This study aimed to identify optimal cold-temperature indices that are associated with the elevated risks of mortality from, and outpatient visits for all causes and cardiopulmonary diseases during the cold seasons (November to April) from 2000 to 2008 in Northern, Central and Southern Taiwan. Eight cold-temperature indices, average, maximum, and minimum temperatures, and the temperature humidity index, wind chill index, apparent temperature, effective temperature (ET), and net effective temperature and their standardized Z scores were applied to distributed lag non-linear models. Index-specific cumulative 26-day (lag 0-25) mortality risk, cumulative 8-day (lag 0-7) outpatient visit risk, and their 95% confidence intervals were estimated at 1 and 2 standardized deviations below the median temperature, comparing with the Z score of the lowest risks for mortality and outpatient visits. The average temperature was adequate to evaluate the mortality risk from all causes and circulatory diseases. Excess all-cause mortality increased for 17-24% when average temperature was at Z. = -. 1, and for 27-41% at Z. = -. 2 among study areas. The cold-temperature indices were inconsistent in estimating risk of outpatient visits. Average temperature and THI were appropriate indices for measuring risk for all-cause outpatient visits. Relative risk of all-cause outpatient visits increased slightly by 2-7% when average temperature was at Z. = -. 1, but no significant risk at Z. = -. 2. Minimum temperature estimated the strongest risk associated with outpatient visits of respiratory diseases. In conclusion, the relationships between cold temperatures and health varied among study areas, types of health event, and the cold-temperature indices applied. Mortality from all causes and circulatory diseases and outpatient visits of respiratory diseases has a strong association with cold temperatures in the subtropical island, Taiwan.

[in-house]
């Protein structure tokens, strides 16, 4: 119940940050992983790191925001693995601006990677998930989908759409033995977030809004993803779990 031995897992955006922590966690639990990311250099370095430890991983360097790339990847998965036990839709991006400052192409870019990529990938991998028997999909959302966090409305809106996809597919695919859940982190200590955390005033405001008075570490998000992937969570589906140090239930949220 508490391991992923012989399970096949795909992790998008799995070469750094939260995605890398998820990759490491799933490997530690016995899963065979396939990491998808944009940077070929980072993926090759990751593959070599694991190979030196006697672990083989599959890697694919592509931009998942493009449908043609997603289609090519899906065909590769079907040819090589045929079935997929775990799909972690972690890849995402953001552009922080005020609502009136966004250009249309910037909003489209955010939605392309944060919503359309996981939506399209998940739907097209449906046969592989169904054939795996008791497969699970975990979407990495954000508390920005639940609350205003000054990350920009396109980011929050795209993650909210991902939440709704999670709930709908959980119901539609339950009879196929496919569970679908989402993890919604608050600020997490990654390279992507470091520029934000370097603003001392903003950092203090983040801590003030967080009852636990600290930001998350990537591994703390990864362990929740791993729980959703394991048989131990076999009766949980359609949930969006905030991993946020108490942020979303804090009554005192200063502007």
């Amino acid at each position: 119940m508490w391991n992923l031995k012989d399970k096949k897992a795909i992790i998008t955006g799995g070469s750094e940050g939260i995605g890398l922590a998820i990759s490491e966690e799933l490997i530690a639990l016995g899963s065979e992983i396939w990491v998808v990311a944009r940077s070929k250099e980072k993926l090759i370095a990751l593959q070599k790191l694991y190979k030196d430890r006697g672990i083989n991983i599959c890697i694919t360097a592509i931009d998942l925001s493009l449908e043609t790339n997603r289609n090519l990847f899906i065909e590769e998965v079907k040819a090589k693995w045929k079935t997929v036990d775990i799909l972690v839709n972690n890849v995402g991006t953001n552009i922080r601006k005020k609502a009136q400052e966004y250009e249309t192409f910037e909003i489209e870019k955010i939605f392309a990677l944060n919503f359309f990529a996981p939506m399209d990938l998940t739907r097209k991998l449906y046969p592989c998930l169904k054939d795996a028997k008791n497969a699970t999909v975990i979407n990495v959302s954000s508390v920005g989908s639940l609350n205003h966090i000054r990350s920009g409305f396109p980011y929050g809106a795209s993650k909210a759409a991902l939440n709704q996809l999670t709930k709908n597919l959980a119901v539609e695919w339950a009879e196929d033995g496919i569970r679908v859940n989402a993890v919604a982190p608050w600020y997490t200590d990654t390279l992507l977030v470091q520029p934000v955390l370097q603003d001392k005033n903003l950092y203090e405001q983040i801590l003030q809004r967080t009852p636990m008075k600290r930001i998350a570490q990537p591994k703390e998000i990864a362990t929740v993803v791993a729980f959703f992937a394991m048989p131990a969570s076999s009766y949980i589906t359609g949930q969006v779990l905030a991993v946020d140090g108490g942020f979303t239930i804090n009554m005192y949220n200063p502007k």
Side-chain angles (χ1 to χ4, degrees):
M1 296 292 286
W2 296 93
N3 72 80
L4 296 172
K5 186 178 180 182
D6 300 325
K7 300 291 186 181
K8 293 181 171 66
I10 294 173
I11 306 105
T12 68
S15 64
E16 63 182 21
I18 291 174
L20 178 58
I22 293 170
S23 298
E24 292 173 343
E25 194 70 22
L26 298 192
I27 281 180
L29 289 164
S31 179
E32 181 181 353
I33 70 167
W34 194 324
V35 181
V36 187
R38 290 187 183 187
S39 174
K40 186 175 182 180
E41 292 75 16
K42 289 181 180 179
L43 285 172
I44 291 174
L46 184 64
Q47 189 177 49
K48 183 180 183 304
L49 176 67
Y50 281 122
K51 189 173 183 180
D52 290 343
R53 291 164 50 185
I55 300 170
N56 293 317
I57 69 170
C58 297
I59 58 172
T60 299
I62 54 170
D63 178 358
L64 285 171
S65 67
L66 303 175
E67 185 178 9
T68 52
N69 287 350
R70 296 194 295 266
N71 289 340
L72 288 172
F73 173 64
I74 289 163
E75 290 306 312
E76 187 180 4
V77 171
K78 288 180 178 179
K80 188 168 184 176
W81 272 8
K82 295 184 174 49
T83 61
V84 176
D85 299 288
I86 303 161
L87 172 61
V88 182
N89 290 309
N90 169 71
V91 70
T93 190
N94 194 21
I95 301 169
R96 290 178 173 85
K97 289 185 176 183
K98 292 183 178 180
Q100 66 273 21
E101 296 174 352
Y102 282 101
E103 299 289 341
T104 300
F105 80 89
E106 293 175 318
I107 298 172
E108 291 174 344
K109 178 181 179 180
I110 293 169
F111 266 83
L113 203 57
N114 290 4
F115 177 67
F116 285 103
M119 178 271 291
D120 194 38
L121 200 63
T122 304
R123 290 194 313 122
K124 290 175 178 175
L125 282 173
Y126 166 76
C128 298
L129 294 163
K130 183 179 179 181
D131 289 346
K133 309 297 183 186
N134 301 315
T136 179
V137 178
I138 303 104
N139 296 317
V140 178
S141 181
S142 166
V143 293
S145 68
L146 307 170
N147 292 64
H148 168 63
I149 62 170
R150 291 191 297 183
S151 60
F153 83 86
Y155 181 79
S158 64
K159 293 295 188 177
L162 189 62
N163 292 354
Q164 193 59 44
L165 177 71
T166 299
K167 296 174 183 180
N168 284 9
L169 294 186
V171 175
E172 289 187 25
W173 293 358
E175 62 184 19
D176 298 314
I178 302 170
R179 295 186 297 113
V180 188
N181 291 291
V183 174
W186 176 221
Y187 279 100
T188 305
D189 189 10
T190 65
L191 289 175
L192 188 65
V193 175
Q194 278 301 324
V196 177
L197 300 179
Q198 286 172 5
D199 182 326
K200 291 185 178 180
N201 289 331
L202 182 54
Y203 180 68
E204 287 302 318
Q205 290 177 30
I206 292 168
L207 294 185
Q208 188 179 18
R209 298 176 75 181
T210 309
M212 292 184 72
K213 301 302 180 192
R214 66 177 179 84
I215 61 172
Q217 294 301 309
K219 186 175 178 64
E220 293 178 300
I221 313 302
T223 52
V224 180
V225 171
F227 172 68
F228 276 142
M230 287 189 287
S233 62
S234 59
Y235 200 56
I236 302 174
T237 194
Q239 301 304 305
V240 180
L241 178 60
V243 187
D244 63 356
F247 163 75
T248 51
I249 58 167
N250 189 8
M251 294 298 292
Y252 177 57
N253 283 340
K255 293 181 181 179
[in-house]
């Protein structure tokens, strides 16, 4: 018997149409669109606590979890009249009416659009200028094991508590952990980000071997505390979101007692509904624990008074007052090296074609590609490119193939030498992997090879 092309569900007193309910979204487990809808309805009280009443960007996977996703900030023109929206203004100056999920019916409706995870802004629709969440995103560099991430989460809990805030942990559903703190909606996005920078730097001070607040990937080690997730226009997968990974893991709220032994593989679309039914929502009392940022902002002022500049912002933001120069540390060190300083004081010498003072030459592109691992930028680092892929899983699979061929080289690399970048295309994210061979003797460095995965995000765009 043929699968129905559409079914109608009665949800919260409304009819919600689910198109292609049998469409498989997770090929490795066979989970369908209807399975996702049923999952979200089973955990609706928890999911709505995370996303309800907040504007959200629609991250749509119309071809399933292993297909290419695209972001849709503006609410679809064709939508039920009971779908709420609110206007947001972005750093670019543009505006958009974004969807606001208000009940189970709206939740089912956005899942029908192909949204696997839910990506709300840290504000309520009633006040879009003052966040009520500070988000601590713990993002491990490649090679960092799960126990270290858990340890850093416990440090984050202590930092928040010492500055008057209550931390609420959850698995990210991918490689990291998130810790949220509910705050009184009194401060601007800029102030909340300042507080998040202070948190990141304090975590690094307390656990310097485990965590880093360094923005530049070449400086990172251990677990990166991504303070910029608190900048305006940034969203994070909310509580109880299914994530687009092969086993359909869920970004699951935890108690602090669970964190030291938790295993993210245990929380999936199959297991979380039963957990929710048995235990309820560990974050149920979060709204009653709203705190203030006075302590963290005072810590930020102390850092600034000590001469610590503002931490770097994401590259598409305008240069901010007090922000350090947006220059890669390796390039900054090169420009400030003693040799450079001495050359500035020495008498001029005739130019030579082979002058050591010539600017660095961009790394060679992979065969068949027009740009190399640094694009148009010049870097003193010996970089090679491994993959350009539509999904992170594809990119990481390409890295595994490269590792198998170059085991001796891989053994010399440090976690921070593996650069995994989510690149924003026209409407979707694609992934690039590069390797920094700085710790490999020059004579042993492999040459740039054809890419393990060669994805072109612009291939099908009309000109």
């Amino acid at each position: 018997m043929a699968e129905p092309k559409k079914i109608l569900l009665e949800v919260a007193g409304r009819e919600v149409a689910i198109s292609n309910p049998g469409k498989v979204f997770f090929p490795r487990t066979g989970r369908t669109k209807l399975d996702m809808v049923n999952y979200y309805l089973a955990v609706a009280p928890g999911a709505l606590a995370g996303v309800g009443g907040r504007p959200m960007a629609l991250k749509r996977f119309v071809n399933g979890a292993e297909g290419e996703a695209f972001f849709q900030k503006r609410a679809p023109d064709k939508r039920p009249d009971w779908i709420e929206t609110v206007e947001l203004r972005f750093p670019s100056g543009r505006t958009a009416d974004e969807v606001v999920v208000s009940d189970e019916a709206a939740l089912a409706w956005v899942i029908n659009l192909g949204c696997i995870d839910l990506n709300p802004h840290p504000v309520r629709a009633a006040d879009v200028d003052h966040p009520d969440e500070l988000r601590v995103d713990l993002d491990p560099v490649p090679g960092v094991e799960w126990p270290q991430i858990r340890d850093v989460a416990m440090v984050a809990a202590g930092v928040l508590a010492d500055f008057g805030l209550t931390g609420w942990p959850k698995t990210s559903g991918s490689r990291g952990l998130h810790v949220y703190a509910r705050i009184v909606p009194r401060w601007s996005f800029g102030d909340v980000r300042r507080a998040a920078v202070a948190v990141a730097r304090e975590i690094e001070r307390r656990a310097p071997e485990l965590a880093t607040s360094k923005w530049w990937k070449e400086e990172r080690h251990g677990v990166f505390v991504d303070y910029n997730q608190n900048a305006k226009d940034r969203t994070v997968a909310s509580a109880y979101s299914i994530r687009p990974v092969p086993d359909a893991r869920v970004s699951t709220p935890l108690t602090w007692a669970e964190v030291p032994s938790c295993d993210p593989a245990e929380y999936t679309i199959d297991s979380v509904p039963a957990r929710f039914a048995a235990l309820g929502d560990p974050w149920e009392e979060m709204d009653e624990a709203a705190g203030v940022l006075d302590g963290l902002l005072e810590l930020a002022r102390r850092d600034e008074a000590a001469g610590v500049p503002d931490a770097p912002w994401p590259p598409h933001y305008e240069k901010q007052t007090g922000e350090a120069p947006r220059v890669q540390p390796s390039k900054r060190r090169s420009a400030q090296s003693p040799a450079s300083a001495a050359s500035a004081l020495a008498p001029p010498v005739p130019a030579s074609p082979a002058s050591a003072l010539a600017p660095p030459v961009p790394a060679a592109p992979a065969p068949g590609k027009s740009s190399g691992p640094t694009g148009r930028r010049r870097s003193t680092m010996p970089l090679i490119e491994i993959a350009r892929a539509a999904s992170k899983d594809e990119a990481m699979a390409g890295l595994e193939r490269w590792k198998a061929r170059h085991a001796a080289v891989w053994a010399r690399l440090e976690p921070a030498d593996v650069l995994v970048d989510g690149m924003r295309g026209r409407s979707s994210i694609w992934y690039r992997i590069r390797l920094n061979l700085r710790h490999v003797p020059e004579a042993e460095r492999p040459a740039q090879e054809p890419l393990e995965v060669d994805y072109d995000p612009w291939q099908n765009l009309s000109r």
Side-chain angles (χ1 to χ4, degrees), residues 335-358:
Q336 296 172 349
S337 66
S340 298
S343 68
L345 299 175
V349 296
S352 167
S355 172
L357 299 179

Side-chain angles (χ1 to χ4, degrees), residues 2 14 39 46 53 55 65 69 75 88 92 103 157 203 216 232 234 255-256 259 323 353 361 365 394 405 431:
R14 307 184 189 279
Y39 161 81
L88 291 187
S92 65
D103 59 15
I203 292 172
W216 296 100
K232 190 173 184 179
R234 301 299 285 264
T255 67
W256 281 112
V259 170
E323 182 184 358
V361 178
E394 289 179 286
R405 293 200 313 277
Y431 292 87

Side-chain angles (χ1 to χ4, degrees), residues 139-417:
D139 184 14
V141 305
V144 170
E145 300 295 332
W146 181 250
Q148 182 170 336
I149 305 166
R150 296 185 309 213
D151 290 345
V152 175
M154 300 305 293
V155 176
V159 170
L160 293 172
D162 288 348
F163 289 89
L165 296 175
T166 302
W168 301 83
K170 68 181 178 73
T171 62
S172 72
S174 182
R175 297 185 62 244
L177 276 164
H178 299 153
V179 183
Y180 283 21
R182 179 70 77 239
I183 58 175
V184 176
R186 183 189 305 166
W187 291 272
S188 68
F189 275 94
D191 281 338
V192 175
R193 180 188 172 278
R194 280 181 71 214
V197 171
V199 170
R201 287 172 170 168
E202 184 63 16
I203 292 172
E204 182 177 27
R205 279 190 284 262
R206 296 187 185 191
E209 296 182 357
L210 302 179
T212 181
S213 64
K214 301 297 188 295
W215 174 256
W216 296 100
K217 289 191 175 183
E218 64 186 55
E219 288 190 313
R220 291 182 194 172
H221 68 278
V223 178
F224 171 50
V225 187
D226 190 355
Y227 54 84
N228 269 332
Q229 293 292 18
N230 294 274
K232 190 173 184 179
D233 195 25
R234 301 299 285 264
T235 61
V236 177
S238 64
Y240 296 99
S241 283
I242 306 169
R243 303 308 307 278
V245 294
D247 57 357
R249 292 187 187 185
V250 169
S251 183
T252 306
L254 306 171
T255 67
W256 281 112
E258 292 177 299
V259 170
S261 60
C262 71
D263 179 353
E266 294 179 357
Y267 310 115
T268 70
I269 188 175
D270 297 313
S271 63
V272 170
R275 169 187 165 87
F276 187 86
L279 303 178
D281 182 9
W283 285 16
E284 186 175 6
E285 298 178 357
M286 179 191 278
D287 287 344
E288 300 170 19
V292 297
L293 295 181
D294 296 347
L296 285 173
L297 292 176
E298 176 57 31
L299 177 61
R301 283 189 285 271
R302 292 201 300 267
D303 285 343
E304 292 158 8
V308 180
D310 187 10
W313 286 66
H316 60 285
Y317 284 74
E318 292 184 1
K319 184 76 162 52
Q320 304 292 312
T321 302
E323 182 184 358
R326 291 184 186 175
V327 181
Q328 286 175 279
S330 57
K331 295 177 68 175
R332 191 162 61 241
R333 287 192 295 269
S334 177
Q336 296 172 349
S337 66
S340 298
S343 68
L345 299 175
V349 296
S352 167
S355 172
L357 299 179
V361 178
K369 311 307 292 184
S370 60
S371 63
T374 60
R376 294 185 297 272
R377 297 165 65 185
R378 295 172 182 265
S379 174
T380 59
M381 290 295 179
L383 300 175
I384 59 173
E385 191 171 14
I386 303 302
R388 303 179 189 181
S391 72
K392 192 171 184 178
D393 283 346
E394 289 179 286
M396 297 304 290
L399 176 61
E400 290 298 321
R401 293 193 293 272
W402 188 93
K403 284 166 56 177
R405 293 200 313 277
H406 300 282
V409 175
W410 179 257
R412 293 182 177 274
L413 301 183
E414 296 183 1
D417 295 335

- Outpatient visits
- Temperature index